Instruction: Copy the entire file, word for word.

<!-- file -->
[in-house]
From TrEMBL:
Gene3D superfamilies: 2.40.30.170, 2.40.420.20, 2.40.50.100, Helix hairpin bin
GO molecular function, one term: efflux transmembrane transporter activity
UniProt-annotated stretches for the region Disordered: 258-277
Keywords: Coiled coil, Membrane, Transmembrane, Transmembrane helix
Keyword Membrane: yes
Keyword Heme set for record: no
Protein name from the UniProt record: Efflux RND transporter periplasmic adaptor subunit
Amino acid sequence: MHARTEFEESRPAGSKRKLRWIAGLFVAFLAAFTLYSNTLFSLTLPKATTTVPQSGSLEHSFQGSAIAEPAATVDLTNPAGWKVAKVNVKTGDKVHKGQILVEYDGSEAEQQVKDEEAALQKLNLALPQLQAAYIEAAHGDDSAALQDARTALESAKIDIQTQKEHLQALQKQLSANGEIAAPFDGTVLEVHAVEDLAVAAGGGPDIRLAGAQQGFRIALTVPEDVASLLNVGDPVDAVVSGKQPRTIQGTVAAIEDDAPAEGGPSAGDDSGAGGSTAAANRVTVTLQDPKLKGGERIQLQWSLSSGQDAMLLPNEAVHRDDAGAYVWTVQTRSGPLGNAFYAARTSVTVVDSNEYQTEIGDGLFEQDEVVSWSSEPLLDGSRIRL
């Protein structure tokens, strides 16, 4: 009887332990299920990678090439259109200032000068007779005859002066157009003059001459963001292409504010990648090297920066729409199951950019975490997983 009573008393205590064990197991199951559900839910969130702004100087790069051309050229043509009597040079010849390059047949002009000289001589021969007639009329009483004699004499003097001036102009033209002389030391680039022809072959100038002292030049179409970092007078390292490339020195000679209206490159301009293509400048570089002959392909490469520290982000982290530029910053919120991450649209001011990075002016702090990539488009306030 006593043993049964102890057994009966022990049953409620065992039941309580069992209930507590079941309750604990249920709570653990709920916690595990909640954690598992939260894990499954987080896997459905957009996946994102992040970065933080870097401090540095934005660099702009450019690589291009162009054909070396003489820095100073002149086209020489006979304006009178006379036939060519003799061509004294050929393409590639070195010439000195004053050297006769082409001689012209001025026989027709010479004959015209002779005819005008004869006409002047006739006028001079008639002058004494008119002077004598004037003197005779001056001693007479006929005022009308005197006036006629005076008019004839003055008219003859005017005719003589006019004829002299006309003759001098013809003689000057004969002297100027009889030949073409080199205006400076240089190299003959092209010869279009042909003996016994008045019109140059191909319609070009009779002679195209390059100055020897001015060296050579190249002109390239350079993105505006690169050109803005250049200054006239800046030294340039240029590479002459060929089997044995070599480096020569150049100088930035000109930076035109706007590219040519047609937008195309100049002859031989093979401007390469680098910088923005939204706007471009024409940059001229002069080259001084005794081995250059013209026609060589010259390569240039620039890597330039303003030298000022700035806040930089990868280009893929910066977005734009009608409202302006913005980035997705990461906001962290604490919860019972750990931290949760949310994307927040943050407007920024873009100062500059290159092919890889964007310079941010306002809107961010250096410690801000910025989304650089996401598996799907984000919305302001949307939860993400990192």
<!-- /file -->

[in-house]
From TrEMBL:
Gene3D superfamilies: 2.40.30.170, 2.40.420.20, 2.40.50.100, Helix hairpin bin
GO molecular function, one term: efflux transmembrane transporter activity
UniProt-annotated stretches for the region Disordered: 258-277
Keywords: Coiled coil, Membrane, Transmembrane, Transmembrane helix
Keyword Membrane: yes
Keyword Heme set for record: no
Protein name from the UniProt record: Efflux RND transporter periplasmic adaptor subunit
Amino acid sequence: MHARTEFEESRPAGSKRKLRWIAGLFVAFLAAFTLYSNTLFSLTLPKATTTVPQSGSLEHSFQGSAIAEPAATVDLTNPAGWKVAKVNVKTGDKVHKGQILVEYDGSEAEQQVKDEEAALQKLNLALPQLQAAYIEAAHGDDSAALQDARTALESAKIDIQTQKEHLQALQKQLSANGEIAAPFDGTVLEVHAVEDLAVAAGGGPDIRLAGAQQGFRIALTVPEDVASLLNVGDPVDAVVSGKQPRTIQGTVAAIEDDAPAEGGPSAGDDSGAGGSTAAANRVTVTLQDPKLKGGERIQLQWSLSSGQDAMLLPNEAVHRDDAGAYVWTVQTRSGPLGNAFYAARTSVTVVDSNEYQTEIGDGLFEQDEVVSWSSEPLLDGSRIRL
């Protein structure tokens, strides 16, 4: 009887332990299920990678090439259109200032000068007779005859002066157009003059001459963001292409504010990648090297920066729409199951950019975490997983 009573008393205590064990197991199951559900839910969130702004100087790069051309050229043509009597040079010849390059047949002009000289001589021969007639009329009483004699004499003097001036102009033209002389030391680039022809072959100038002292030049179409970092007078390292490339020195000679209206490159301009293509400048570089002959392909490469520290982000982290530029910053919120991450649209001011990075002016702090990539488009306030 006593043993049964102890057994009966022990049953409620065992039941309580069992209930507590079941309750604990249920709570653990709920916690595990909640954690598992939260894990499954987080896997459905957009996946994102992040970065933080870097401090540095934005660099702009450019690589291009162009054909070396003489820095100073002149086209020489006979304006009178006379036939060519003799061509004294050929393409590639070195010439000195004053050297006769082409001689012209001025026989027709010479004959015209002779005819005008004869006409002047006739006028001079008639002058004494008119002077004598004037003197005779001056001693007479006929005022009308005197006036006629005076008019004839003055008219003859005017005719003589006019004829002299006309003759001098013809003689000057004969002297100027009889030949073409080199205006400076240089190299003959092209010869279009042909003996016994008045019109140059191909319609070009009779002679195209390059100055020897001015060296050579190249002109390239350079993105505006690169050109803005250049200054006239800046030294340039240029590479002459060929089997044995070599480096020569150049100088930035000109930076035109706007590219040519047609937008195309100049002859031989093979401007390469680098910088923005939204706007471009024409940059001229002069080259001084005794081995250059013209026609060589010259390569240039620039890597330039303003030298000022700035806040930089990868280009893929910066977005734009009608409202302006913005980035997705990461906001962290604490919860019972750990931290949760949310994307927040943050407007920024873009100062500059290159092919890889964007310079941010306002809107961010250096410690801000910025989304650089996401598996799907984000919305302001949307939860993400990192």